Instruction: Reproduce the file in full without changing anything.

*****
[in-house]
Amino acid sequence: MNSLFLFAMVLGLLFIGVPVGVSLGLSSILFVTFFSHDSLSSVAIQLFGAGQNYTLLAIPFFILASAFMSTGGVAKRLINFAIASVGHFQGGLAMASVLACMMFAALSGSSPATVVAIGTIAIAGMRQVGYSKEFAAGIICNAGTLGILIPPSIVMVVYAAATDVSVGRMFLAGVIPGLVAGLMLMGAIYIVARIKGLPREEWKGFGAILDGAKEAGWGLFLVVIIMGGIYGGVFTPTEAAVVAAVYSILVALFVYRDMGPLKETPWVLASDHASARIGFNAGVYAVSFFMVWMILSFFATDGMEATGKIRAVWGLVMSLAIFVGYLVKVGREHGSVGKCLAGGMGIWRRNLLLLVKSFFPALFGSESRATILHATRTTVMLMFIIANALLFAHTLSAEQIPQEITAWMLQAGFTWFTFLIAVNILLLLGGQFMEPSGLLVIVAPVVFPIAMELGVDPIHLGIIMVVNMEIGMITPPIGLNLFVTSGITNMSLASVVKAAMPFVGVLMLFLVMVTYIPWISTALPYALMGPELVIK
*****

[in-house]
Amino acid sequence: MNSLFLFAMVLGLLFIGVPVGVSLGLSSILFVTFFSHDSLSSVAIQLFGAGQNYTLLAIPFFILASAFMSTGGVAKRLINFAIASVGHFQGGLAMASVLACMMFAALSGSSPATVVAIGTIAIAGMRQVGYSKEFAAGIICNAGTLGILIPPSIVMVVYAAATDVSVGRMFLAGVIPGLVAGLMLMGAIYIVARIKGLPREEWKGFGAILDGAKEAGWGLFLVVIIMGGIYGGVFTPTEAAVVAAVYSILVALFVYRDMGPLKETPWVLASDHASARIGFNAGVYAVSFFMVWMILSFFATDGMEATGKIRAVWGLVMSLAIFVGYLVKVGREHGSVGKCLAGGMGIWRRNLLLLVKSFFPALFGSESRATILHATRTTVMLMFIIANALLFAHTLSAEQIPQEITAWMLQAGFTWFTFLIAVNILLLLGGQFMEPSGLLVIVAPVVFPIAMELGVDPIHLGIIMVVNMEIGMITPPIGLNLFVTSGITNMSLASVVKAAMPFVGVLMLFLVMVTYIPWISTALPYALMGPELVIK